Auto repairs are expensive. Whether your car is getting older or it’s still relatively new and you’ve always had issues with it, there’s no denying that regular maintenance and repair costs can add up quickly. If you are struggling to keep up with expensive auto repairs, there are a number of things that you can do to reduce costs and save more money over the long term. Here are some tips for recovering financially if expensive auto repairs are breaking your budget.
Avoid the Dealership
While it may be tempting to bring your car into the dealership for service, you aren’t necessarily doing your budget any favors. As an alternative, you may want to consider looking into different local mechanics. A smaller auto repair shop will likely charge less for repair costs because they have more access to inexpensive auto parts – as opposed to the standard manufacturer parts you’d find at a dealership – and labor costs may also be lower.
Get the Oil Changed Regularly
Do you regularly put off oil changes? If so, you could be inadvertently causing problems with your car. While it may be a hassle to schedule an oil change, it may help to stave off costly repairs. Over time, debris can accumulate in your car’s fluids. This debris can build up in your engine, reducing its performance and causing potentially expensive issues. A simple oil change every 3,000-5,000 miles may not seem like an important part of car maintenance, but the truth is that it could save you thousands of dollars over your vehicle’s lifetime.
Consider Purchasing Used Parts
You can also save a considerable amount of cash on repairs by purchasing used auto parts from a salvage yard. Check your local listings for salvage yards near you, and see if they have a searchable inventory that’s available online. Chances are you will be able to find the auto parts you need for a fraction of the cost of buying new. It’s something worth considering if you want to keep costs down.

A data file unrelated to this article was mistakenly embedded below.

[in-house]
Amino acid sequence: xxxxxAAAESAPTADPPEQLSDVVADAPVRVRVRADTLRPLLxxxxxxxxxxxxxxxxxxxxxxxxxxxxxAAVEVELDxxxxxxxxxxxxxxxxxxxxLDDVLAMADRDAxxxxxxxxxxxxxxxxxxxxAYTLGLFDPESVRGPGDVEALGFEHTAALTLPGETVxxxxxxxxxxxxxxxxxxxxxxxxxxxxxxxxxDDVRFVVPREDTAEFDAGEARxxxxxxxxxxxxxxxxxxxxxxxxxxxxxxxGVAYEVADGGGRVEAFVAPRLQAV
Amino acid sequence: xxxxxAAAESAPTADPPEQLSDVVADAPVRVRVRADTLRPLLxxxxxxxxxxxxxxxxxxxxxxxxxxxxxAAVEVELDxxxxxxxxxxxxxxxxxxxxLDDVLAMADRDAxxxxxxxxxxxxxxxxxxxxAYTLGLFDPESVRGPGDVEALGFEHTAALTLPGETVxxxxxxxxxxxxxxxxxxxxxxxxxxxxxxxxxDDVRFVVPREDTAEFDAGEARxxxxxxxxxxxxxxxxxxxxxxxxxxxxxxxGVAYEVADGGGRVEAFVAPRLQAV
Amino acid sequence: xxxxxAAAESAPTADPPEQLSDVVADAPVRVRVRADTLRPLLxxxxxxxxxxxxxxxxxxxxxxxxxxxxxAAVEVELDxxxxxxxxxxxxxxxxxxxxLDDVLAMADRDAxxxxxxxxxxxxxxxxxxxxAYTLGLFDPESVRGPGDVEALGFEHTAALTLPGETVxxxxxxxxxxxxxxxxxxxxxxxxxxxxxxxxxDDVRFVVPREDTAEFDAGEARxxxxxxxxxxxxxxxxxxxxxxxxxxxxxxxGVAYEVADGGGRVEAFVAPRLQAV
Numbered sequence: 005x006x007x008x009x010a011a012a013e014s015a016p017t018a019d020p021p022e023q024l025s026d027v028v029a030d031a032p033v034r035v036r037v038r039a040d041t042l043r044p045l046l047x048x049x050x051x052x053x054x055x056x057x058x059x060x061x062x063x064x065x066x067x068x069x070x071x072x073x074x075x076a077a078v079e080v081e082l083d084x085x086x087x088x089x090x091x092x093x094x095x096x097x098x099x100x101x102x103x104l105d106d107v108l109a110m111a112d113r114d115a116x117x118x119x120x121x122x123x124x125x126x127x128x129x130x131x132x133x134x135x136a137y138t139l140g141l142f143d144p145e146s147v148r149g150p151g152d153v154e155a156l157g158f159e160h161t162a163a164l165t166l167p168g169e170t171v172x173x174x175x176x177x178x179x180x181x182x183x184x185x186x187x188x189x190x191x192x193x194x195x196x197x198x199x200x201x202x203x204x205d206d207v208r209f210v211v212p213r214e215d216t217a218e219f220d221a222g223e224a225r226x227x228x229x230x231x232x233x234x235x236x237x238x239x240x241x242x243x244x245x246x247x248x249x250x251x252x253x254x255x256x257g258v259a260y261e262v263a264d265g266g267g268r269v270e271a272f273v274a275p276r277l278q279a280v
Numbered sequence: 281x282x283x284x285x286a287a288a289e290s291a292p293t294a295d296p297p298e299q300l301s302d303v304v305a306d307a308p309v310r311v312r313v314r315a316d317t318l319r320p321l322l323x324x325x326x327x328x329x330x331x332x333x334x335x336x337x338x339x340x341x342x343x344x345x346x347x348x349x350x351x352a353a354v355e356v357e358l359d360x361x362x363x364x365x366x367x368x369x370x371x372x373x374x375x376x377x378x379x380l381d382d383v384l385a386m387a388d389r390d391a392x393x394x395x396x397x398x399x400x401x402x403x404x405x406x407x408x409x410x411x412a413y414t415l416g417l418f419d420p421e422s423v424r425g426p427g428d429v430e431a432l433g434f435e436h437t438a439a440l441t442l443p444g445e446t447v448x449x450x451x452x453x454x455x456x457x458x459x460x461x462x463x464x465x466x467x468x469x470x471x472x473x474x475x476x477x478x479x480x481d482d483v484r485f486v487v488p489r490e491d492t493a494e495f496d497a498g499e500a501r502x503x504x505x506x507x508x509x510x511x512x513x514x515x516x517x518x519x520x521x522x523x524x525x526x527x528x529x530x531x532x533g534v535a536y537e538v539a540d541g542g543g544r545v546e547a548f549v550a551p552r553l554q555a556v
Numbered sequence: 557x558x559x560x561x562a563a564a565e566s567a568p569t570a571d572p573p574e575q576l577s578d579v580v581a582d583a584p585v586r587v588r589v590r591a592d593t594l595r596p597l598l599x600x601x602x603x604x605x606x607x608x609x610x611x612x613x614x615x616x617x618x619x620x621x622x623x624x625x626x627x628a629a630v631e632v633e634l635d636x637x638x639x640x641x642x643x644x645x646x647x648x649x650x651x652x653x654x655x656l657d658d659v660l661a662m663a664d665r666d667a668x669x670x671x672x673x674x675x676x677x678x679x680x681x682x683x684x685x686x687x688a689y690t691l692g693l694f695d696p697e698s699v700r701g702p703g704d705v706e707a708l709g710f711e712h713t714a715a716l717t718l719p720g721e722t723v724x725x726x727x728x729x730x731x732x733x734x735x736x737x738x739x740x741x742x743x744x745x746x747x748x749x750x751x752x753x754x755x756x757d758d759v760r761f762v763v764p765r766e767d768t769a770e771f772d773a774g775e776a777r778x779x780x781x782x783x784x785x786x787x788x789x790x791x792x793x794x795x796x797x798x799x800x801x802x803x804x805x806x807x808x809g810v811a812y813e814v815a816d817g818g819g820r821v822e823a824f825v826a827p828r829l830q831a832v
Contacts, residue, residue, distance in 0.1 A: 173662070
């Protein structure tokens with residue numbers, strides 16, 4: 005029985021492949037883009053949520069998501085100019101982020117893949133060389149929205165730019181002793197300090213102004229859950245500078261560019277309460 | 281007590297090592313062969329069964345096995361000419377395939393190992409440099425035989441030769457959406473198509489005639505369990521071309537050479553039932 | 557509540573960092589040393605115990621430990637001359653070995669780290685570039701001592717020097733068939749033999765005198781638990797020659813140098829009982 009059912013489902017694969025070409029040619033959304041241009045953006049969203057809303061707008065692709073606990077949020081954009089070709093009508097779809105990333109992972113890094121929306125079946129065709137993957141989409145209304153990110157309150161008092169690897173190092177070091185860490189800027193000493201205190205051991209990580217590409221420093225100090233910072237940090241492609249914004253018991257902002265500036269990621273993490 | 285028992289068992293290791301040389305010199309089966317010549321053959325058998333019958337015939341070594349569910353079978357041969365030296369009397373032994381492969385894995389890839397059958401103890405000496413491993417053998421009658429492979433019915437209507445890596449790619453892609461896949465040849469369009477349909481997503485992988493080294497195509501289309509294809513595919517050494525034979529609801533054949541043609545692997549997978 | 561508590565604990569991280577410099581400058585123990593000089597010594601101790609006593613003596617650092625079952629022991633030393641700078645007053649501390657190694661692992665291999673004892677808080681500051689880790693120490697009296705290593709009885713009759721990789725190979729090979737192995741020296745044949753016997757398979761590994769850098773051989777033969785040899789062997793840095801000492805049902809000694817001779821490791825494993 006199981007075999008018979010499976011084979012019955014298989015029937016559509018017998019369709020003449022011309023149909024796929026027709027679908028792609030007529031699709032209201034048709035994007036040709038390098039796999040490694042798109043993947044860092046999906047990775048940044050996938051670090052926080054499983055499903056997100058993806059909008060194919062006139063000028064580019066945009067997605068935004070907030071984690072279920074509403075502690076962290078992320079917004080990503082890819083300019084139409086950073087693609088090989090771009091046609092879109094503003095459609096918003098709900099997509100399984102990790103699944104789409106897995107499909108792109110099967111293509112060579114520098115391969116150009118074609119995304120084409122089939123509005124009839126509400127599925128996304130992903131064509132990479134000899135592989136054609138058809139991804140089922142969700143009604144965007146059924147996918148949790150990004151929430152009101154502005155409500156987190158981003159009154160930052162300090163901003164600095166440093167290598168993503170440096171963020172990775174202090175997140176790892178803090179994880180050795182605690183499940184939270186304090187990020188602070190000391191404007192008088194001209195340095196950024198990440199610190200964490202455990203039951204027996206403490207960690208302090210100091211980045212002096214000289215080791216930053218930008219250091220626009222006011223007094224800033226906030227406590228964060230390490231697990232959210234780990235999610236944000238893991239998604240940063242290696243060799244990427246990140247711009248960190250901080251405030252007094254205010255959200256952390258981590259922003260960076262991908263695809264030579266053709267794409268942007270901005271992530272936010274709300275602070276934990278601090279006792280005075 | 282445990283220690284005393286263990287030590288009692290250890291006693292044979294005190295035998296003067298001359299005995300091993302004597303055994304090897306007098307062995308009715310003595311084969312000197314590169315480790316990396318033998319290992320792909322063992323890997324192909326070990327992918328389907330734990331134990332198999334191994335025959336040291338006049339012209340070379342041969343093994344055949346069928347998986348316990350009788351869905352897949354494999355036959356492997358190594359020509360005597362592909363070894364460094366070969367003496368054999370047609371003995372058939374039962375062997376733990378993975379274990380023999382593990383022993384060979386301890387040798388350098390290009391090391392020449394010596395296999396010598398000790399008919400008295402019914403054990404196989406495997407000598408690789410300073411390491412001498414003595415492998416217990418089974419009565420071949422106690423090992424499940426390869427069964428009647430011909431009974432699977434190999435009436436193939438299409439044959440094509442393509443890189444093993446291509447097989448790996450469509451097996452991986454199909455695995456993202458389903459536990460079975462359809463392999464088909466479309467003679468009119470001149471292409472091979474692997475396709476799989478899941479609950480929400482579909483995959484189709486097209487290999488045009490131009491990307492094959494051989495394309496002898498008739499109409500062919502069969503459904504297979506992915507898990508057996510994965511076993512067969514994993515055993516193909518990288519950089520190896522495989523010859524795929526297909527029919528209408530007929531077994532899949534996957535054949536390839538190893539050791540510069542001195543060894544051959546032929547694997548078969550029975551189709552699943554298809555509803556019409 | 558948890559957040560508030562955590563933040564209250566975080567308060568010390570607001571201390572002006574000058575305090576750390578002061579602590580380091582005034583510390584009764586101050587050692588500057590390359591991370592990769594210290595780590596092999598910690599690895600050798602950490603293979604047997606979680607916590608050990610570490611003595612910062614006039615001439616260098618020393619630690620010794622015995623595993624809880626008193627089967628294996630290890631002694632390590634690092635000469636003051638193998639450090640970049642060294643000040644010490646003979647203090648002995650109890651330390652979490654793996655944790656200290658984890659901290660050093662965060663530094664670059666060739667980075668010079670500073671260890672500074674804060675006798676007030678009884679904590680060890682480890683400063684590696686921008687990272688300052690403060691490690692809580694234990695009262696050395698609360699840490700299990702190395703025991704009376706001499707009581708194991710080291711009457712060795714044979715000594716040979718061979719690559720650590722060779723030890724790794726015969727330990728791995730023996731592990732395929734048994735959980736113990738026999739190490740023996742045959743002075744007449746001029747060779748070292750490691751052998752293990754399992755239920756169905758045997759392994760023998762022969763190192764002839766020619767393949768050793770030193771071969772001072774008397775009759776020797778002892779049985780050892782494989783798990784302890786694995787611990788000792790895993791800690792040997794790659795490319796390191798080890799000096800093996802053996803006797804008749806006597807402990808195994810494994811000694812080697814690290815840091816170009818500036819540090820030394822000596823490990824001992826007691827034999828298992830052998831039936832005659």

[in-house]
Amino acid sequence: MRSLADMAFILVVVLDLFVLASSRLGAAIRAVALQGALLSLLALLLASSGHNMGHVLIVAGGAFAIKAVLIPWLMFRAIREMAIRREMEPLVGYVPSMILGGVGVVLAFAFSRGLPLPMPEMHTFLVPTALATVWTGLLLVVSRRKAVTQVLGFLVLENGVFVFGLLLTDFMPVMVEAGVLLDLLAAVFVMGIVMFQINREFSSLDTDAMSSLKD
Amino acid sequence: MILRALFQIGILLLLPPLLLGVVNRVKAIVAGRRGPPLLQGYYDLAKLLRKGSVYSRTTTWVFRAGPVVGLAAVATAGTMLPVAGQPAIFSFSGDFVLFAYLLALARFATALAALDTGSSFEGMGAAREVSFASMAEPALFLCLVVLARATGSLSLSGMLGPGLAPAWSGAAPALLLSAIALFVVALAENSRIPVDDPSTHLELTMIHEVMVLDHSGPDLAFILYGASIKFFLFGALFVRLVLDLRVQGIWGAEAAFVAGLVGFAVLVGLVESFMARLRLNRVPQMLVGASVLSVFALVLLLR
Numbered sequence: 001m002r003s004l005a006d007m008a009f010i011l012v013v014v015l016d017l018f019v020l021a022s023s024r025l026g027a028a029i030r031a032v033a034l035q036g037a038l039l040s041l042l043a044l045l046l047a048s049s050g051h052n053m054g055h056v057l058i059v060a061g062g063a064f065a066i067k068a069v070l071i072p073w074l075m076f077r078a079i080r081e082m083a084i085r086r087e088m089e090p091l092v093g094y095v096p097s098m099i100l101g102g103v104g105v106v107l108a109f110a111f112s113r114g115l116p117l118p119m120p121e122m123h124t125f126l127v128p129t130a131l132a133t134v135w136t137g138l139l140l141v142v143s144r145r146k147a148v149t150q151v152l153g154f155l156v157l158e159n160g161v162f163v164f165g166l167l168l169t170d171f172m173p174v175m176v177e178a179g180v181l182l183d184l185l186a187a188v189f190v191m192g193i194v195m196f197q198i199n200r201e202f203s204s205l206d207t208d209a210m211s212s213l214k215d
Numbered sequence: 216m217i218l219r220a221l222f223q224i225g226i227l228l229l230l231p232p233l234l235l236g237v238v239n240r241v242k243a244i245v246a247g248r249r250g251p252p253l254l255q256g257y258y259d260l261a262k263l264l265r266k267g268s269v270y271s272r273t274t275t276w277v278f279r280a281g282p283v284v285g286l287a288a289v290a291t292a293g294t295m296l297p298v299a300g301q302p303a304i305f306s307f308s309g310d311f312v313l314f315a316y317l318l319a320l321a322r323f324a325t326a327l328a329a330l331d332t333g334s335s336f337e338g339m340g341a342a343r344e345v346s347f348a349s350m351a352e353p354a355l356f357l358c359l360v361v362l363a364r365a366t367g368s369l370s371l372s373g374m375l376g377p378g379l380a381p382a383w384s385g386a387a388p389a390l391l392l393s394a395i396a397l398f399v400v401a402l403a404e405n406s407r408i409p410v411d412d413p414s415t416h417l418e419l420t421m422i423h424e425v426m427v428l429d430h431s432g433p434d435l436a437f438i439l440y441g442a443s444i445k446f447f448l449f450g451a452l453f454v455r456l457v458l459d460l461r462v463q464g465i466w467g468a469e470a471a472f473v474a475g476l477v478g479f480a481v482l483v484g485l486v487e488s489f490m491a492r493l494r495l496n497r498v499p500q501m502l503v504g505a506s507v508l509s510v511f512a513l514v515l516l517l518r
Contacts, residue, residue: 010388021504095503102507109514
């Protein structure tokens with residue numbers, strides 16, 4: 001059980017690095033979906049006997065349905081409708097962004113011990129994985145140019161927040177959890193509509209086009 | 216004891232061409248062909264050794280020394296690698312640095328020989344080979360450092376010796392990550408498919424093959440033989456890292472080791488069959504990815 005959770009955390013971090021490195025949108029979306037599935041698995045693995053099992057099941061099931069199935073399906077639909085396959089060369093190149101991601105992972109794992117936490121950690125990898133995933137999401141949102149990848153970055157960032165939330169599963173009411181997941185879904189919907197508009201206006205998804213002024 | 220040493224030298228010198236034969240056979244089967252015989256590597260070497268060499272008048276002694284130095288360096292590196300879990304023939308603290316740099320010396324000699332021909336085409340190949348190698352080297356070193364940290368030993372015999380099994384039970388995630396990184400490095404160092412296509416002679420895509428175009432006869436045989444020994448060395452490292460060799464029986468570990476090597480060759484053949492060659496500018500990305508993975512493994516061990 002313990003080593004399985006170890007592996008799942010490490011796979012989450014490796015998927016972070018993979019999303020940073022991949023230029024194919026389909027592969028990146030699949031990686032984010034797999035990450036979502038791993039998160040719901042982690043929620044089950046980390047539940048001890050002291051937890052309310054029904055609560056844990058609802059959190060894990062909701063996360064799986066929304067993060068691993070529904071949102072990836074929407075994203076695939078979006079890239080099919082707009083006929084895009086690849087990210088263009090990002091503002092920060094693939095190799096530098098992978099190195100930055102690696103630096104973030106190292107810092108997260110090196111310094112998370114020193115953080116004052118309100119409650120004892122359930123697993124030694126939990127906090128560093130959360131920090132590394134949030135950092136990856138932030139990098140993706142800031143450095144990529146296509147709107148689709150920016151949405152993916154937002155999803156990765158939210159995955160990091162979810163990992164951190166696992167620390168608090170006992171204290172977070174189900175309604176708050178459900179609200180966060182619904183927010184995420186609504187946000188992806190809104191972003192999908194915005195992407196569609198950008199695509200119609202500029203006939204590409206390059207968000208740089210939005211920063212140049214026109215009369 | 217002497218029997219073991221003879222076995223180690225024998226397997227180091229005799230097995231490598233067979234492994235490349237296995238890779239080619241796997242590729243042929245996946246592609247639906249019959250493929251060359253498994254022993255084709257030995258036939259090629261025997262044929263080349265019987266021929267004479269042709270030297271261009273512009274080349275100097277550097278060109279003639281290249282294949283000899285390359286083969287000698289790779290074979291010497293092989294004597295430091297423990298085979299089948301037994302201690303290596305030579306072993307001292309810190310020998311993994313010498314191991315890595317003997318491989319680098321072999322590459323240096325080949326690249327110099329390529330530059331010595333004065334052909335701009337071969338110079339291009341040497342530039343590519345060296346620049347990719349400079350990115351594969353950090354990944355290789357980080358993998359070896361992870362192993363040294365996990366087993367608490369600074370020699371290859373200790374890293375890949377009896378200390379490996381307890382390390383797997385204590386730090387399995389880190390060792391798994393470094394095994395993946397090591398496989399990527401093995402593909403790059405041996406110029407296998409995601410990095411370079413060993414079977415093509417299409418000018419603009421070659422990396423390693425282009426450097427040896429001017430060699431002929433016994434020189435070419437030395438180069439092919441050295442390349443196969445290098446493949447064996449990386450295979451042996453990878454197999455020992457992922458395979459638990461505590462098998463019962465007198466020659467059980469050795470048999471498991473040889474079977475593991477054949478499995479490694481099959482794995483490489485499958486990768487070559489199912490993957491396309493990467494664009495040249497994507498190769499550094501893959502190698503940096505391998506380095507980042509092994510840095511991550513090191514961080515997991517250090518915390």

Shop Around for a New Car
Perhaps you’ve owned your car for over a decade, and the repairs are becoming more and more frequent. If you are dropping hundreds of dollars into your older model vehicle every month, it may be time to think about purchasing something new (or new to you.) There comes a point in every car’s life where it simply doesn’t make sense to keep making repairs. While a new car may come with a high upfront cost, you could end up saving money over the long term by buying something more dependable.
Car repairs can take a big chunk out of your budget. If you’ve noticed recently that you are bringing your car in for a new repair every month, there are a few things that you can do to help reduce your costs. Finding a local mechanic instead of visiting the dealership, getting the oil changed in your car regularly, purchasing used parts instead of new ones, and shopping around for a new car may help you save more money on repairs over the long term.